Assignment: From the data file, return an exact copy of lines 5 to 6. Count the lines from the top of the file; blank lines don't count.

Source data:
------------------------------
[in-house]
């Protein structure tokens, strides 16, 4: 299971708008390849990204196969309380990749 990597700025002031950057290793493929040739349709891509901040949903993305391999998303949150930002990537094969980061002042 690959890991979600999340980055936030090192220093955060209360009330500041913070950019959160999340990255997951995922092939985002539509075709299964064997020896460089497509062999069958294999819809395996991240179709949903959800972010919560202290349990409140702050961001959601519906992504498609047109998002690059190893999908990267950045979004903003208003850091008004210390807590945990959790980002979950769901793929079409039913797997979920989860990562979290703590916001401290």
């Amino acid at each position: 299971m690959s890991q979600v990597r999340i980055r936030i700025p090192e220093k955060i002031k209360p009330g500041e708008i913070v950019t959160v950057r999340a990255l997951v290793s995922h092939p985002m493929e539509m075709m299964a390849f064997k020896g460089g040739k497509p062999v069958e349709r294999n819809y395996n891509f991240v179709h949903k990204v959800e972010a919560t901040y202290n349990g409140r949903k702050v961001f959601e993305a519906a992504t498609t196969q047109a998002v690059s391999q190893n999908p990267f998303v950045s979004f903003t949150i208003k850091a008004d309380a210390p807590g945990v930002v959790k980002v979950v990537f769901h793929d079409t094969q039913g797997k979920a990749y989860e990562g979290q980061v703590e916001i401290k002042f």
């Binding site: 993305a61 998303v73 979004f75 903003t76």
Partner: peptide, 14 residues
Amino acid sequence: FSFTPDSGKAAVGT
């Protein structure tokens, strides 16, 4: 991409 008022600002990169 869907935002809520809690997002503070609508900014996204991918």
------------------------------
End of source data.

Partner: peptide, 14 residues
Amino acid sequence: FSFTPDSGKAAVGT